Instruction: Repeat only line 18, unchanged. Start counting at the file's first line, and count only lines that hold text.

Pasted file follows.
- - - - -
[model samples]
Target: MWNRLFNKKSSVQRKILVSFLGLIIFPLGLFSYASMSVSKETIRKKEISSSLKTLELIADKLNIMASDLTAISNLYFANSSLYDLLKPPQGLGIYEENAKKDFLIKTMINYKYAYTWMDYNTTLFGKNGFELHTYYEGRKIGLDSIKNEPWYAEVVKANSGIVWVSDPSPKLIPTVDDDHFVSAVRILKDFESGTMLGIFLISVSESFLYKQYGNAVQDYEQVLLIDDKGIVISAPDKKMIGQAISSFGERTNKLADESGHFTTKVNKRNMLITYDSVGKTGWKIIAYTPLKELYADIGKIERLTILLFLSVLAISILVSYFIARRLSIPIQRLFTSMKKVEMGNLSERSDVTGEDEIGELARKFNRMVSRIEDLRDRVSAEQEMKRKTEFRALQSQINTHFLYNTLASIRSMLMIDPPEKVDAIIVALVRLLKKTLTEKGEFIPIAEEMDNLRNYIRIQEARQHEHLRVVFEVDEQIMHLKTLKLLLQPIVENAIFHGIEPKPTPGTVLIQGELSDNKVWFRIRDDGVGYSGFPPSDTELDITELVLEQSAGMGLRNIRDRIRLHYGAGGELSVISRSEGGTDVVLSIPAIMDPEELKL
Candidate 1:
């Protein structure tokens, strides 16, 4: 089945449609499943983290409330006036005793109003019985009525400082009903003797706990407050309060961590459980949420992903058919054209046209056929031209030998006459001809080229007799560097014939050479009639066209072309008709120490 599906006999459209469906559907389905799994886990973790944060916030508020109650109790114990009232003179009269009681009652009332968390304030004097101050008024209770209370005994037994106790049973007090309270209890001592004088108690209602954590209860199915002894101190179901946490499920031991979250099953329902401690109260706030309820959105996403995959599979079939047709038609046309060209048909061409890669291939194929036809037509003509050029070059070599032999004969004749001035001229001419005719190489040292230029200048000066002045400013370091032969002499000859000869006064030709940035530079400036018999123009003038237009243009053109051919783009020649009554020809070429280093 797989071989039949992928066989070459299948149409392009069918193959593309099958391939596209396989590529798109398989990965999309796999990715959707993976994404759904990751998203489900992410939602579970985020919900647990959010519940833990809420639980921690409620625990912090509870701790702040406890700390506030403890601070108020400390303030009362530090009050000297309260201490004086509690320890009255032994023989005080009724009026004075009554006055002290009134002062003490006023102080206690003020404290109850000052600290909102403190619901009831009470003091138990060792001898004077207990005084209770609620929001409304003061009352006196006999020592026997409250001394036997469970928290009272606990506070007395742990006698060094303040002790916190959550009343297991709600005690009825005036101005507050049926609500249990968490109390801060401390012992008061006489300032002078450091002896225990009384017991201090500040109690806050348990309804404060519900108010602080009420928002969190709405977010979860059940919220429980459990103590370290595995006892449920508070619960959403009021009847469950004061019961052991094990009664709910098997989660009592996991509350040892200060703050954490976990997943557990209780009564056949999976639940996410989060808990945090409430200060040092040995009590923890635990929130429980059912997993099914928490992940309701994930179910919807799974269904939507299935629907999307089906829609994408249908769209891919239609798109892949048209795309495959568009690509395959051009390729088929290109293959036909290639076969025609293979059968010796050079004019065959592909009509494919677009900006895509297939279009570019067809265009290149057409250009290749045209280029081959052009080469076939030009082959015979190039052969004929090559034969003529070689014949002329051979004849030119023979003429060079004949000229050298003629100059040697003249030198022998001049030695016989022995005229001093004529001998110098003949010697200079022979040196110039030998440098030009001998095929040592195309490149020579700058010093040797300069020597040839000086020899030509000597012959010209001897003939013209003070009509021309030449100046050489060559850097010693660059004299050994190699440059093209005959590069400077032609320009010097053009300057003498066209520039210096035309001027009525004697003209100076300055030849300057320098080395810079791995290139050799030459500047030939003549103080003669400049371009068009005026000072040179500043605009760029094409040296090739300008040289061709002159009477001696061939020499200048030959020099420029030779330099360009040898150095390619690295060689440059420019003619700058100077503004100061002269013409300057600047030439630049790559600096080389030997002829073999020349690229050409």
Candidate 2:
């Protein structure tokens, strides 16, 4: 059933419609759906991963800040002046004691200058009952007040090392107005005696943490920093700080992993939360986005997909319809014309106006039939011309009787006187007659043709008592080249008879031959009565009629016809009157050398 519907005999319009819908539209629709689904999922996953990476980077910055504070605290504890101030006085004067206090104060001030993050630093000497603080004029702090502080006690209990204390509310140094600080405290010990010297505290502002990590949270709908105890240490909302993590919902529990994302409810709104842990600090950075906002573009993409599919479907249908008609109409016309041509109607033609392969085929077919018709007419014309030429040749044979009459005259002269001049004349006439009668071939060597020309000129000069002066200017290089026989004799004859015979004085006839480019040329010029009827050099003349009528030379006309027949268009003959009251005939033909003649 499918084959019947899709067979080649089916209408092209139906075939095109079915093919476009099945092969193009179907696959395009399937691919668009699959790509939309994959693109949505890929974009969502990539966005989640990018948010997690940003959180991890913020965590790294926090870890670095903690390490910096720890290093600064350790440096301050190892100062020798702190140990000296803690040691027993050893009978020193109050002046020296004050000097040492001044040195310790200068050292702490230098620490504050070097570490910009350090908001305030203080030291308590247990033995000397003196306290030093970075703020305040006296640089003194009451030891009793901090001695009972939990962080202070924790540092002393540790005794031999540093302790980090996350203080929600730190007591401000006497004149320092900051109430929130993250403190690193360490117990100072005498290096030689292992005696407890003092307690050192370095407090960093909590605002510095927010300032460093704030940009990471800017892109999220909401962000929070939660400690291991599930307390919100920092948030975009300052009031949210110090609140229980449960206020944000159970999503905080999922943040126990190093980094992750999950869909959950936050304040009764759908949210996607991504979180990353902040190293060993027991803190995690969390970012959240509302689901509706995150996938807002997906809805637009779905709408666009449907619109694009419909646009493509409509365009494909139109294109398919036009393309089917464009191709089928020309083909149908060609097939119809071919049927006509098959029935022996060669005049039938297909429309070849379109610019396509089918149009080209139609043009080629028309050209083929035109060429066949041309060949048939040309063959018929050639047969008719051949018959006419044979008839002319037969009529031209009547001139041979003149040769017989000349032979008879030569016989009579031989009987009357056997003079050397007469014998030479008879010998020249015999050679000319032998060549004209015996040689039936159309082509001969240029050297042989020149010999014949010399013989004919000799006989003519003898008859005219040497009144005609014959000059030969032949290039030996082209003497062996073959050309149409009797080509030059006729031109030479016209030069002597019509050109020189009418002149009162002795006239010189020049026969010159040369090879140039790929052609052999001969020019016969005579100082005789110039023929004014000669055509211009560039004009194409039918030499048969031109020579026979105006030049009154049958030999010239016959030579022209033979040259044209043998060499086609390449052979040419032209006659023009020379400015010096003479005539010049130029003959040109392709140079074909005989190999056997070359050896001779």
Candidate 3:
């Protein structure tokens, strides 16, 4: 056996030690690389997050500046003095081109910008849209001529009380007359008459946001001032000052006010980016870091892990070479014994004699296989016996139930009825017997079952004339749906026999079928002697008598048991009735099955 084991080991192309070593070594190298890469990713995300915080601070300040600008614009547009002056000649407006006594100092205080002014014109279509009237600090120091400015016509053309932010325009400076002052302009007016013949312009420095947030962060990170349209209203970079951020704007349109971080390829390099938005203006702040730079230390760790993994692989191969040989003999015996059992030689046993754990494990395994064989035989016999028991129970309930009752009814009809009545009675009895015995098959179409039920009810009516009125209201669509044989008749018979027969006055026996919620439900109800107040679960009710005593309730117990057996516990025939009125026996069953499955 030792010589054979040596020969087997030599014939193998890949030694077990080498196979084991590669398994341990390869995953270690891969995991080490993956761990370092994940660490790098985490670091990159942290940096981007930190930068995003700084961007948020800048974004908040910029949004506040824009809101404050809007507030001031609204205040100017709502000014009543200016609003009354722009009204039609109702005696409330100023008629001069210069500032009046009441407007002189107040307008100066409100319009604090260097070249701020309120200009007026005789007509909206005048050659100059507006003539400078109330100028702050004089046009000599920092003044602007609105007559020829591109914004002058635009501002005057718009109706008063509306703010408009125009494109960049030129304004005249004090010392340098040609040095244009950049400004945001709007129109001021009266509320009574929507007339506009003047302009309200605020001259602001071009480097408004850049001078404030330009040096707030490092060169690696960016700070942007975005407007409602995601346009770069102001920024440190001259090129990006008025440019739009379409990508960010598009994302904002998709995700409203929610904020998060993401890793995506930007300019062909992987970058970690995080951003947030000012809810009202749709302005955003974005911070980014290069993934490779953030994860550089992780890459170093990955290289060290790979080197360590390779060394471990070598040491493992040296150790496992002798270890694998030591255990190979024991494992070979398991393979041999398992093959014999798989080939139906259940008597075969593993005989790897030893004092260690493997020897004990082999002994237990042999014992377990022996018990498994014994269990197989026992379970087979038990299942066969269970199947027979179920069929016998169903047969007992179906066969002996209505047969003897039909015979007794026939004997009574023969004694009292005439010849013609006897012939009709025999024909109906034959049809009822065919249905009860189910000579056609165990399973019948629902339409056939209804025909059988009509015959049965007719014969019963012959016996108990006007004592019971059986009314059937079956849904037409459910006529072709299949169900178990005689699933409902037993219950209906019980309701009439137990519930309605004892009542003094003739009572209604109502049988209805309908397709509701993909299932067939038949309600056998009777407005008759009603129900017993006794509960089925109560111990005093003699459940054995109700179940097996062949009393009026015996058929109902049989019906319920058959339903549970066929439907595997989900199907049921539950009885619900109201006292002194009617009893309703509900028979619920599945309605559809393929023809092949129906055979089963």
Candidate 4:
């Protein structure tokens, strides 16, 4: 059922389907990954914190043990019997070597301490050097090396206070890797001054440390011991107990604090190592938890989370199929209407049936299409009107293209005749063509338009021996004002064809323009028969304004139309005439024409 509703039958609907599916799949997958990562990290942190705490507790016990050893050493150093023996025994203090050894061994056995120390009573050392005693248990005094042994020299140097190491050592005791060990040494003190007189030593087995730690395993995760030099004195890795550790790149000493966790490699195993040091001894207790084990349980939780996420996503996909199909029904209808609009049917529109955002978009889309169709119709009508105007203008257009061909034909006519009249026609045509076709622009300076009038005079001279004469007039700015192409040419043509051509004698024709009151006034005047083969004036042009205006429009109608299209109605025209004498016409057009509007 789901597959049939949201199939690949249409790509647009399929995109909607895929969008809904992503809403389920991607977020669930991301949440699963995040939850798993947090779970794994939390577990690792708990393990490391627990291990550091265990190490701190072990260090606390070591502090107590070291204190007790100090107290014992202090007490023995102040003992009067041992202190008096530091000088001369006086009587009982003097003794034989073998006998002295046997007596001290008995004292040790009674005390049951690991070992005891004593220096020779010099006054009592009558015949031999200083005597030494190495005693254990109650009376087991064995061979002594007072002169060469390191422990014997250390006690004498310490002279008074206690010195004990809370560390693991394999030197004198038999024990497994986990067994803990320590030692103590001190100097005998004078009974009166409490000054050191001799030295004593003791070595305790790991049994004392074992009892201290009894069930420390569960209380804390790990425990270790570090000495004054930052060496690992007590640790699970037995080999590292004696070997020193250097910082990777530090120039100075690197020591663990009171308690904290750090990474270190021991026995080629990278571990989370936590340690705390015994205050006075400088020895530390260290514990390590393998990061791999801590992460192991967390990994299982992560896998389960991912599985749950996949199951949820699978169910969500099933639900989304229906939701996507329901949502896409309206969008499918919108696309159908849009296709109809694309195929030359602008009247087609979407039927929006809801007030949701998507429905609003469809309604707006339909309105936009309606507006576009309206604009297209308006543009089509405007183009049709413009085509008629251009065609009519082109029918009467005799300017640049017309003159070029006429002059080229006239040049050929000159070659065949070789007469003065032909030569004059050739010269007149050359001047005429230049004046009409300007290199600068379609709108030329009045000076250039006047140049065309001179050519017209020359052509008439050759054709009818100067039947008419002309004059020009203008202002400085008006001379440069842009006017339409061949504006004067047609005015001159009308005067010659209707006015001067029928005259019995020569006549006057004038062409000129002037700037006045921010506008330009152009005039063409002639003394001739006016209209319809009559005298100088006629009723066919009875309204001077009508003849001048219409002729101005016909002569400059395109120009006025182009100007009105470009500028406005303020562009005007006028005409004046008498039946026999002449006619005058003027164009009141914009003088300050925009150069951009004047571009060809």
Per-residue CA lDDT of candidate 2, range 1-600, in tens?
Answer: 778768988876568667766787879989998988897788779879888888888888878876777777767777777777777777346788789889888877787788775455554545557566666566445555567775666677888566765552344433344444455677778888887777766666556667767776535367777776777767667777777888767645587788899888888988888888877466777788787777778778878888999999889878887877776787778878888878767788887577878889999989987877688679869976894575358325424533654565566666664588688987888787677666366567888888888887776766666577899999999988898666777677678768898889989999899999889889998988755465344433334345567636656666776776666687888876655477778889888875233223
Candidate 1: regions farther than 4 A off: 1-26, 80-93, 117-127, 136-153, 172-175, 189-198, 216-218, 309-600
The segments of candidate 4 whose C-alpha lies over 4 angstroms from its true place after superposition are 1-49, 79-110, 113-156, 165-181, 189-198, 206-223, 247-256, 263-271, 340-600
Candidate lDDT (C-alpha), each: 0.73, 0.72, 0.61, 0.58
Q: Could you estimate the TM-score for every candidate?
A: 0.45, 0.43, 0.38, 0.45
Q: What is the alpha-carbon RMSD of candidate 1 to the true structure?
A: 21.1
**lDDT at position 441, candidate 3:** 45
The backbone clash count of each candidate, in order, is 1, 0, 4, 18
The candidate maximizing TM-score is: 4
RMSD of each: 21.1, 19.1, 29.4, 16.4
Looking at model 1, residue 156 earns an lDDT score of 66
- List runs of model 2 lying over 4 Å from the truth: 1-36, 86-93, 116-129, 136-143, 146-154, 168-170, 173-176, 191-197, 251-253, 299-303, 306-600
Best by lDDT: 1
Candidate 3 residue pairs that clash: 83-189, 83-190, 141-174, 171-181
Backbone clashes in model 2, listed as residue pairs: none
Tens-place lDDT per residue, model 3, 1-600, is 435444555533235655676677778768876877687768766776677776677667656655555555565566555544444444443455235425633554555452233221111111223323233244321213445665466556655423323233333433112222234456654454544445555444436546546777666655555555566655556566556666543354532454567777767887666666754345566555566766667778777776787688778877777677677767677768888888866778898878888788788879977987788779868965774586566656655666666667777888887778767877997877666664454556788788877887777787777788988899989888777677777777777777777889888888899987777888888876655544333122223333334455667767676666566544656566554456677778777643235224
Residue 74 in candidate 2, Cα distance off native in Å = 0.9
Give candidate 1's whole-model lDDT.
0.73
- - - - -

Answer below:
Q: What is the alpha-carbon RMSD of candidate 1 to the true structure?